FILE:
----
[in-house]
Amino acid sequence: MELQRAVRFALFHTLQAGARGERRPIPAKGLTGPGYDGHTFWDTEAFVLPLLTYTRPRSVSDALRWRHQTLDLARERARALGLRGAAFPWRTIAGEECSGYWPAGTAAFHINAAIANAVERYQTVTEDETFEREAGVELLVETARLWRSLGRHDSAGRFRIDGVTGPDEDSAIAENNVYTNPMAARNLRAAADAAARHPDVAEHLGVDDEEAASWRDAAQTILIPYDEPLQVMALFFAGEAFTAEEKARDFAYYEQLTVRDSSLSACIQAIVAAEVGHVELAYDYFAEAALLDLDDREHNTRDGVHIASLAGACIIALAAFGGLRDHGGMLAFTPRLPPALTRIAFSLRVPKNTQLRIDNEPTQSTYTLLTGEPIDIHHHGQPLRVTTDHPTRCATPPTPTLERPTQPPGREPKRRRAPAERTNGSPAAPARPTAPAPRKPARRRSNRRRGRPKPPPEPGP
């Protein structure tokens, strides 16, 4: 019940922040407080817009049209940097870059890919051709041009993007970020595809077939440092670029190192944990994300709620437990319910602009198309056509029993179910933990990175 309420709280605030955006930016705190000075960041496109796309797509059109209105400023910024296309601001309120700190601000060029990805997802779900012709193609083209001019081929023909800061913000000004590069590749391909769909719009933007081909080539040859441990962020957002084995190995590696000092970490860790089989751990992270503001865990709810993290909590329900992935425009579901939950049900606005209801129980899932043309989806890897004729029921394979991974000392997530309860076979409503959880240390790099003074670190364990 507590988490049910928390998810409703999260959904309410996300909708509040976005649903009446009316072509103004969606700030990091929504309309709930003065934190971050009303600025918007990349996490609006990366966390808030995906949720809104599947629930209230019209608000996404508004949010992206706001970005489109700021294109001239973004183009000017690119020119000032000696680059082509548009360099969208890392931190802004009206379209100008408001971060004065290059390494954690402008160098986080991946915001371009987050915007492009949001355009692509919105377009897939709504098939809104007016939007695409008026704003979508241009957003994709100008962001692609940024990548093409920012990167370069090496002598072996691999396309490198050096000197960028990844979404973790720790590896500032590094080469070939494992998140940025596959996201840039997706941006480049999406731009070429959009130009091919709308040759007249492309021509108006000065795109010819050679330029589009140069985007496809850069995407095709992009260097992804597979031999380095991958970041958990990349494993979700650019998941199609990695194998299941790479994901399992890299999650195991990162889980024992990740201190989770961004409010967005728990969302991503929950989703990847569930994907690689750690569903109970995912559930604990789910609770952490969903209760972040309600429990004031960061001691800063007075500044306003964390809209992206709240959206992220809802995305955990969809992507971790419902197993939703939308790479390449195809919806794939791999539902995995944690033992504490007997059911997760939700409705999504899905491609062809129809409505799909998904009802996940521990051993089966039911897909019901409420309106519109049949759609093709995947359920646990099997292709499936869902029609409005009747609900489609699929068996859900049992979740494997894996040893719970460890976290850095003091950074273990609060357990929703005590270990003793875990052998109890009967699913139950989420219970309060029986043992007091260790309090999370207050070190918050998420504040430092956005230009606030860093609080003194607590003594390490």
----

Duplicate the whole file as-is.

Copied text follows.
[in-house]
Amino acid sequence: MELQRAVRFALFHTLQAGARGERRPIPAKGLTGPGYDGHTFWDTEAFVLPLLTYTRPRSVSDALRWRHQTLDLARERARALGLRGAAFPWRTIAGEECSGYWPAGTAAFHINAAIANAVERYQTVTEDETFEREAGVELLVETARLWRSLGRHDSAGRFRIDGVTGPDEDSAIAENNVYTNPMAARNLRAAADAAARHPDVAEHLGVDDEEAASWRDAAQTILIPYDEPLQVMALFFAGEAFTAEEKARDFAYYEQLTVRDSSLSACIQAIVAAEVGHVELAYDYFAEAALLDLDDREHNTRDGVHIASLAGACIIALAAFGGLRDHGGMLAFTPRLPPALTRIAFSLRVPKNTQLRIDNEPTQSTYTLLTGEPIDIHHHGQPLRVTTDHPTRCATPPTPTLERPTQPPGREPKRRRAPAERTNGSPAAPARPTAPAPRKPARRRSNRRRGRPKPPPEPGP
């Protein structure tokens, strides 16, 4: 019940922040407080817009049209940097870059890919051709041009993007970020595809077939440092670029190192944990994300709620437990319910602009198309056509029993179910933990990175 309420709280605030955006930016705190000075960041496109796309797509059109209105400023910024296309601001309120700190601000060029990805997802779900012709193609083209001019081929023909800061913000000004590069590749391909769909719009933007081909080539040859441990962020957002084995190995590696000092970490860790089989751990992270503001865990709810993290909590329900992935425009579901939950049900606005209801129980899932043309989806890897004729029921394979991974000392997530309860076979409503959880240390790099003074670190364990 507590988490049910928390998810409703999260959904309410996300909708509040976005649903009446009316072509103004969606700030990091929504309309709930003065934190971050009303600025918007990349996490609006990366966390808030995906949720809104599947629930209230019209608000996404508004949010992206706001970005489109700021294109001239973004183009000017690119020119000032000696680059082509548009360099969208890392931190802004009206379209100008408001971060004065290059390494954690402008160098986080991946915001371009987050915007492009949001355009692509919105377009897939709504098939809104007016939007695409008026704003979508241009957003994709100008962001692609940024990548093409920012990167370069090496002598072996691999396309490198050096000197960028990844979404973790720790590896500032590094080469070939494992998140940025596959996201840039997706941006480049999406731009070429959009130009091919709308040759007249492309021509108006000065795109010819050679330029589009140069985007496809850069995407095709992009260097992804597979031999380095991958970041958990990349494993979700650019998941199609990695194998299941790479994901399992890299999650195991990162889980024992990740201190989770961004409010967005728990969302991503929950989703990847569930994907690689750690569903109970995912559930604990789910609770952490969903209760972040309600429990004031960061001691800063007075500044306003964390809209992206709240959206992220809802995305955990969809992507971790419902197993939703939308790479390449195809919806794939791999539902995995944690033992504490007997059911997760939700409705999504899905491609062809129809409505799909998904009802996940521990051993089966039911897909019901409420309106519109049949759609093709995947359920646990099997292709499936869902029609409005009747609900489609699929068996859900049992979740494997894996040893719970460890976290850095003091950074273990609060357990929703005590270990003793875990052998109890009967699913139950989420219970309060029986043992007091260790309090999370207050070190918050998420504040430092956005230009606030860093609080003194607590003594390490």